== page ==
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As it celebrates its 20th year, Cantilena Chamber Choir has no plans of slowing down



FEATURE STORY by Sharon Smullen, Cantilena includes some two dozen men and women ranging in age from late 20s to 70s. They share a passion for choral singing — the more challenging the better.

LENOX — For its 20th Anniversary Gala Concert at Trinity Church, Cantilena Chamber Choir has returned to its roots.

A program of signature complex choral works will begin with William Byrd’s 16th century “Sing Joyfully” — the very first piece they ever performed," said Andrea Goodman, choir director and founder. “It’s polyphonic with six voice parts, there’s not many choirs in the county that can do [that]. It’s very uplifting.”

If You Go

What: Cantilena Chamber Choir 20th Anniversary Gala Concert

Who: Cantilena Chamber Choir, director Andrea Goodman

Where: Trinity Church, 88 Walker St., Lenox

When: 3 p.m. May 19

Tickets: $35, general admission; $25, 65 and older, students with ID

Information and tickets: 518-791-0185, 


For the celebratory concert, 3 p.m. May 19, choir members selected works from more than 100 past concerts, including Brahms’ “O Heiland Reiss” and Morten Lauridsen's “Three Madrigali.” “It’s late 20th century, very tonal,” Goodman said. “He tries to depict the Italian Renaissance, you’d swear it was Monteverdi.” From rare Russian choral works she brought to the choir — her doctoral dissertation theme — they chose Dmitri Bortniansky’s 18th century “Concerto 32,” hidden during the Soviet era and rediscovered in the 1990s. Russian composers were very influenced by the Italians, she said. “I’ve picked up a lot of music over the years through travel and hearing international choruses. We’re doing a Gershwin 'Porgy and Bess' medley I heard a Russian choir sing in Austria. And I found Ildebrando Pizzetti’s 1943 work ‘Ululate’ in a used music store in Geneva, it’s very difficult, harmonically speaking.” Charles Ives’ “Psalm 90” is a Goodman favorite. “I do it because of the line ‘So teach us to number our days, that we may apply our hearts unto wisdom.’ There’s everything but the kitchen sink in it — tone clusters, special chords — and it ends with bells and organ.”

Jacob Fanto, Goodman’s percussionist son and Williams College junior, is slated to join the hand bell ringers; and Aaron Likness will accompany on organ. Likness will also perform “Beyond the Years,” a 2017 work for chorus and organ by Williams’ faculty member Zachary Wadsworth.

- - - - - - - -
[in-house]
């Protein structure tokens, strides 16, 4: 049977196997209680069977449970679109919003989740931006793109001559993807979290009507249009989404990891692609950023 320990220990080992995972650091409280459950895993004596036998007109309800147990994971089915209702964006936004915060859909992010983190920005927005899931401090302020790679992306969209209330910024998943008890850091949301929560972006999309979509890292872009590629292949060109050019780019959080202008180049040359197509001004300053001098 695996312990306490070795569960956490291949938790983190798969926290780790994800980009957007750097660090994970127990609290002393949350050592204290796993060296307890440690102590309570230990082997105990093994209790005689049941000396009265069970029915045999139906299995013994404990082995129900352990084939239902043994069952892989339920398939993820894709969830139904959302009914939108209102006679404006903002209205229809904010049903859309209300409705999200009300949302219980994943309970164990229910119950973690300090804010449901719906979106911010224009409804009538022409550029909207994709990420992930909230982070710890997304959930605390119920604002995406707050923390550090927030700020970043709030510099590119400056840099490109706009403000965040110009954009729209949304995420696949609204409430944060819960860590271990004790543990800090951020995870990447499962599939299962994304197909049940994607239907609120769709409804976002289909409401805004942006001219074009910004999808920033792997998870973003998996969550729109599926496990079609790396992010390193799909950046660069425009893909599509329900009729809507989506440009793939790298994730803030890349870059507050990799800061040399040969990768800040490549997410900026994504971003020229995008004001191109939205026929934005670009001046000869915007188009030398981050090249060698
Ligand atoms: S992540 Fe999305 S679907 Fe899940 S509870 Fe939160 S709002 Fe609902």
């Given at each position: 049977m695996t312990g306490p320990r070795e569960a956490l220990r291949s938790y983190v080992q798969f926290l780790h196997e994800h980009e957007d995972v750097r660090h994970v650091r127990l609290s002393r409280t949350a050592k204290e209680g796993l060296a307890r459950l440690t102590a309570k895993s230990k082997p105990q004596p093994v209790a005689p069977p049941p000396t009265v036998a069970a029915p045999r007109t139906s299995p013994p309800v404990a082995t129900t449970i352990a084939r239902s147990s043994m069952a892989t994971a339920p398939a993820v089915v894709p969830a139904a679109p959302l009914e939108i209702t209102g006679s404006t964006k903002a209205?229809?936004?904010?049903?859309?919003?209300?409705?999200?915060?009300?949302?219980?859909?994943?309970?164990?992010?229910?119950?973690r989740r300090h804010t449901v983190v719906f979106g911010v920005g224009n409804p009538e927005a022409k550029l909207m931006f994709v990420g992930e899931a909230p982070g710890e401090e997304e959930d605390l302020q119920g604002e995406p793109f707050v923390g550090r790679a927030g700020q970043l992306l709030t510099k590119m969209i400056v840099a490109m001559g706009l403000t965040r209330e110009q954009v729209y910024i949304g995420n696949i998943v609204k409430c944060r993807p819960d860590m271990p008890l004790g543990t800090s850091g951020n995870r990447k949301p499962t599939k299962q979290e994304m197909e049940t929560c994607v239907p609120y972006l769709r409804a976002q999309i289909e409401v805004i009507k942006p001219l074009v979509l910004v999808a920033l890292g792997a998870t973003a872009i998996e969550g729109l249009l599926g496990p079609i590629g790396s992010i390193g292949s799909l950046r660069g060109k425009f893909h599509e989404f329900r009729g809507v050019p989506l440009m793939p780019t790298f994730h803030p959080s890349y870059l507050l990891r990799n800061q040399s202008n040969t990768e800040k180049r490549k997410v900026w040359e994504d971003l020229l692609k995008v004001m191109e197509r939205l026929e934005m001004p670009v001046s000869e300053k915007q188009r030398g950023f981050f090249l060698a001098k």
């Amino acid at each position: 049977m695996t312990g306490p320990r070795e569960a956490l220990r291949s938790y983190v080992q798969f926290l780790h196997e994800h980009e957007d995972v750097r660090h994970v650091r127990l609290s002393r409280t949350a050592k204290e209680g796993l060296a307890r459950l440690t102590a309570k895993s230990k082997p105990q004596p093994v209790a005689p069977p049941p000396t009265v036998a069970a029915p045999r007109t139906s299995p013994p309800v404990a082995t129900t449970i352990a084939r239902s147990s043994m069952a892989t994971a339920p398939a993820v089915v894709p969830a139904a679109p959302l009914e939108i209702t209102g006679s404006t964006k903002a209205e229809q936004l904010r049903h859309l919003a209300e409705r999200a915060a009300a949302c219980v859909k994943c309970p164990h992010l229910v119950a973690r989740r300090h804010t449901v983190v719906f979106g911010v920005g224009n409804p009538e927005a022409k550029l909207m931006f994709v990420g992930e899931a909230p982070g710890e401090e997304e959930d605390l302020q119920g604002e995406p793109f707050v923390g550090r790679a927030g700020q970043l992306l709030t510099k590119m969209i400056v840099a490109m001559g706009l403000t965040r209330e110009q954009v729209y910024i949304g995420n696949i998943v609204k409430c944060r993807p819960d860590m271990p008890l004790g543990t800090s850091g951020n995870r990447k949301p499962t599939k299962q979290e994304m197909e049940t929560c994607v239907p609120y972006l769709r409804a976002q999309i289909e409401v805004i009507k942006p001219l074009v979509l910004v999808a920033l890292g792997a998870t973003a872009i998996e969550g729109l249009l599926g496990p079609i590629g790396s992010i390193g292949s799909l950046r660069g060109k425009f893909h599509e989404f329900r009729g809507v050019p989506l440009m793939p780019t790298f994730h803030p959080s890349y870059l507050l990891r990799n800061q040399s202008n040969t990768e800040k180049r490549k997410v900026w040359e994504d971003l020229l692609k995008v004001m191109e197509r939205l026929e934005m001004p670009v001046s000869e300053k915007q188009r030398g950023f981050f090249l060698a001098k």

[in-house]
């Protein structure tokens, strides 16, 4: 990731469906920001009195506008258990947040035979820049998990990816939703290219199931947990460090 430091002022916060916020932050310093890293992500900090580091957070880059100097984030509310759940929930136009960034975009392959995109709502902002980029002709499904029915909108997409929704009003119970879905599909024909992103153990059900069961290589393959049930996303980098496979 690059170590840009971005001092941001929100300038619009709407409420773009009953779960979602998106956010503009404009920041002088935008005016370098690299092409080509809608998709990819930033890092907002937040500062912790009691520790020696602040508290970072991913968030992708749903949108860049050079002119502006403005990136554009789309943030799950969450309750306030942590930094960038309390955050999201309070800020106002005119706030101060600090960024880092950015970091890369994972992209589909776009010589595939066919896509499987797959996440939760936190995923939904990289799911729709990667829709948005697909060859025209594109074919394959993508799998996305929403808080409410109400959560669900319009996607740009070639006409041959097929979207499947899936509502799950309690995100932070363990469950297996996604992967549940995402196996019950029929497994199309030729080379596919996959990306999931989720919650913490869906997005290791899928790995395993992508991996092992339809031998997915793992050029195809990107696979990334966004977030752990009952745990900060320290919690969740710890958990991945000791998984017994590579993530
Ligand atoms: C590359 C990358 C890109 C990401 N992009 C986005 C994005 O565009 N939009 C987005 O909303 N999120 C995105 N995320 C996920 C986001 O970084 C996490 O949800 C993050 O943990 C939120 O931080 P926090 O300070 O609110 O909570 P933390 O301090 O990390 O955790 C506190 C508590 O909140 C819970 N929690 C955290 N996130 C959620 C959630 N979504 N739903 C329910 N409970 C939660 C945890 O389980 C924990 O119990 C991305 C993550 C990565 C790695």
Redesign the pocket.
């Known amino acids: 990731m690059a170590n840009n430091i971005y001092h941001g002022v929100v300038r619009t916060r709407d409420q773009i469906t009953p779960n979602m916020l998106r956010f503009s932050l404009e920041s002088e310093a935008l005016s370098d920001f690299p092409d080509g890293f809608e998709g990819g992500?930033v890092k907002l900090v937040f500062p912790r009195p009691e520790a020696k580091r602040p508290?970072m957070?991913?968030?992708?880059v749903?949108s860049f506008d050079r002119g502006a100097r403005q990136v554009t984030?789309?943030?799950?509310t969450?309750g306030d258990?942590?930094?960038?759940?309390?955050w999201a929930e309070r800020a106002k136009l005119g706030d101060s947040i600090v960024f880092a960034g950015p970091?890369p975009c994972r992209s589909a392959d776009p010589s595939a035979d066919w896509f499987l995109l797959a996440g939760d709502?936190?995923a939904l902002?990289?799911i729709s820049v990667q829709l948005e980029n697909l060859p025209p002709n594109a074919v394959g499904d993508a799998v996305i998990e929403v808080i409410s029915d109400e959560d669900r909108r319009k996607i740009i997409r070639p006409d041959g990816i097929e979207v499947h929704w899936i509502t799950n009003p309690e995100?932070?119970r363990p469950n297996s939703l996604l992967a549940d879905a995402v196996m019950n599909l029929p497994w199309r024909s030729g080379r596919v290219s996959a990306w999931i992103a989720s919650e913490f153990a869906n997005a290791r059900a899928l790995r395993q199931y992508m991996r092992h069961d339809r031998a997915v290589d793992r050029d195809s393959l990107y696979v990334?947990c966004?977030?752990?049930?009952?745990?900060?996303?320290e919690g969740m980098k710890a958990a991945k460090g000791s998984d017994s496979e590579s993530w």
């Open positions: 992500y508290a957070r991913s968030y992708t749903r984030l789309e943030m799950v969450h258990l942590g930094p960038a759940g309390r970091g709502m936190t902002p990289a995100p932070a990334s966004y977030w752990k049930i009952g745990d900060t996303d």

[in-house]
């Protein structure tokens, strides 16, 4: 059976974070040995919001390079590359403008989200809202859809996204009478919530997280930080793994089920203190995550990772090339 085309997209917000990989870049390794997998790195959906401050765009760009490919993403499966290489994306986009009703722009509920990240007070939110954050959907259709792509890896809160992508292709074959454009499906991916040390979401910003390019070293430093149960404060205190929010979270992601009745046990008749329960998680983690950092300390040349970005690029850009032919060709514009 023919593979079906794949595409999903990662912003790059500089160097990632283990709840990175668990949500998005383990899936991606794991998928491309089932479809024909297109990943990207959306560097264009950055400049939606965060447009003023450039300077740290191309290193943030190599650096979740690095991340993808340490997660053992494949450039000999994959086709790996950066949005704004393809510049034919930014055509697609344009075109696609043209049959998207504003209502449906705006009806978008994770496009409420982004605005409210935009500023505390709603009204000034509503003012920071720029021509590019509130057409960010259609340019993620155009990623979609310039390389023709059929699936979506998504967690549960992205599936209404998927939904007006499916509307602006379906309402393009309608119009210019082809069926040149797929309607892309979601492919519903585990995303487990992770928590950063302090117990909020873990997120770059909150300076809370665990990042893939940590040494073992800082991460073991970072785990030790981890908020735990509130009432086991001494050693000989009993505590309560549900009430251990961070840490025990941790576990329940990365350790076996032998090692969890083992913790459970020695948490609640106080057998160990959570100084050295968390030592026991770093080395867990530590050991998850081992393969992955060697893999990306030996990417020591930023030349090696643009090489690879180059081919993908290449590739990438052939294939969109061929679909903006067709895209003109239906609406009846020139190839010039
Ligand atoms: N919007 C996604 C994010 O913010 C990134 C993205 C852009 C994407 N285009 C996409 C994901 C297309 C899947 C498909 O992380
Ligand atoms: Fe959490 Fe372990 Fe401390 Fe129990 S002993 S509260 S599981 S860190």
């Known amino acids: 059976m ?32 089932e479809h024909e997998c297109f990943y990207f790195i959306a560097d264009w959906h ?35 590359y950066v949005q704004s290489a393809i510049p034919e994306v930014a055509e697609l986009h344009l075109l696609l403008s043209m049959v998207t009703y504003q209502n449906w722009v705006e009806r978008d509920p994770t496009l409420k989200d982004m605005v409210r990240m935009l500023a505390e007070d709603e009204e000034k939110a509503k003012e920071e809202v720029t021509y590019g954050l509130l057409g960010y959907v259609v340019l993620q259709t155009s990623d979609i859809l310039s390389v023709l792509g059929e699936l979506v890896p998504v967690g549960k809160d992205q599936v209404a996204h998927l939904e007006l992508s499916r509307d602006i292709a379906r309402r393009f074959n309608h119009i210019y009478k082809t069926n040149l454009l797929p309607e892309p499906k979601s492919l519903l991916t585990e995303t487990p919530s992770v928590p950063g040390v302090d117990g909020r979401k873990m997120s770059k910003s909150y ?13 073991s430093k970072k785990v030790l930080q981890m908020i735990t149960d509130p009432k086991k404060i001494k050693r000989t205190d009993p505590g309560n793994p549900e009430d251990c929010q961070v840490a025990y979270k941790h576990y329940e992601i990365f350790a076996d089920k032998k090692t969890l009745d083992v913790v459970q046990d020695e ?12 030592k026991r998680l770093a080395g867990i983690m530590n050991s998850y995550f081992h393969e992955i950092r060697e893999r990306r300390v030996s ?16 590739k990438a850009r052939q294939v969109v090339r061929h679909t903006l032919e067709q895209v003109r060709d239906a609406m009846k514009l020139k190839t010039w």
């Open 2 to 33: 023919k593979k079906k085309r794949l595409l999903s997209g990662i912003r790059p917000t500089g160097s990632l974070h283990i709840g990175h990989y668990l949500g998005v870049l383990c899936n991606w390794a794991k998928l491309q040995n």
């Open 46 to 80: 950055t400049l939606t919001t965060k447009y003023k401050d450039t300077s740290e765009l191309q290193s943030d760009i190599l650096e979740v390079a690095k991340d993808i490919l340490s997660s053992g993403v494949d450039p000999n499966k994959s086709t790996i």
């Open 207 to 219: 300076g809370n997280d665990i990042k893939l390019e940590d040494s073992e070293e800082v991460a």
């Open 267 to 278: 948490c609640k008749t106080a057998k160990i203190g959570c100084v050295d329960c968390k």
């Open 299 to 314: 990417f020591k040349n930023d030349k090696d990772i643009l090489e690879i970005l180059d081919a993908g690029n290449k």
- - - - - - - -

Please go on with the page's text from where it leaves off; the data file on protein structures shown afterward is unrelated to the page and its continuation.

A pair of works honor two composers who died in 2023: Pulitzer Prize-winner David del Tredici’s “Acrostic Song,” adapted from his orchestral “Final Alice;” and “Hark I Hear the Harps Eternal” by Alice Parker, who lived to age 98.

“I’ve done [Parker] for 40 years; many, many times,” said Goodman, who knew both composers personally.

Cantilena includes some two dozen men and women ranging in age from late 20s to 70s: professional singers, conductors, instrumentalists, pianists, music teachers — even a retired mail carrier. They share a passion for choral singing, the more challenging the better.








Raised in New York City, Goodman moved to the Berkshires to join her husband, Clarence Fanto. With no area choirs offering repertoire aimed at more experienced singers. “A few of us decided this was something we needed,” she said. After conducting rigorous sight reading auditions, in 2004 Cantilena was born. Goodman had been in choruses since she was a child.

“My mother sang in USO shows and nightclubs,” she said. “I moved here after University of Cincinnati graduate school. I also have a degree in theater from New York University, and went to Juilliard night school at the same time. I was singing professionally in choir right away.” She first conducted a chorus at Aspen Music Festival in 1976. “They were professionals, it was like driving a Rolls Royce on cruise control,” she said. “It was a very difficult piece, but I did it. I knew right then that was it.” She served on faculty at New York University, Skidmore College, and New England and Cincinnati Conservatories; directed Saratoga Choral Festival, Concord Chorus and Northern Berkshire Chorale; and appeared at festivals from Colorado to Switzerland, France, Austria and Russia.


Cantilena soloists are mostly drawn from the professionals among the dedicated chorus members. “They stay for a long time, many have been there all 20 years,” Goodman said. “You’re not going to hear this music anywhere else.” “We all grew up together, I taught them how to do things, we’ve sung in more than 15 languages — African, Israeli, 16th century French, Norwegian, everything.”

Works have ranged from 13th-century chant to premieres, including an all-Berkshire composers concert. Highlights include collaborations with guest artists including actors Jonathan Epstein, Annette Miller and Tina Packer; Monteverdi’s 1610 Vespers; and music from a silent Joan of Arc film that hadn’t been heard since 1928. “We resurrected the score and sang and played for 90 minutes,” Goodman said. They’ve also performed with instrumentalists from organists to chamber orchestras.

The chorus performs at least five concerts a year, including an annual Martin Luther King, Jr. program with visiting choirs. Most take place at Trinity Church and other area churches and cultural venues. “Trinity is right in our backyard, and acoustically perfect,” Goodman said. “They’ve been very supportive, we have use of it whenever we want.”

At Hancock Shaker Village’s 50th anniversary concert in the Round Stone Barn, there were sheep and goats bleating in the background, she said, quite a change from subways that rumbled under her New York City church performances.

Goodman has no plans to slow down. “I’m not ready to retire and neither are the singers. I’m just so grateful I have the ability to do anything we want to do, because the singers can do it.”

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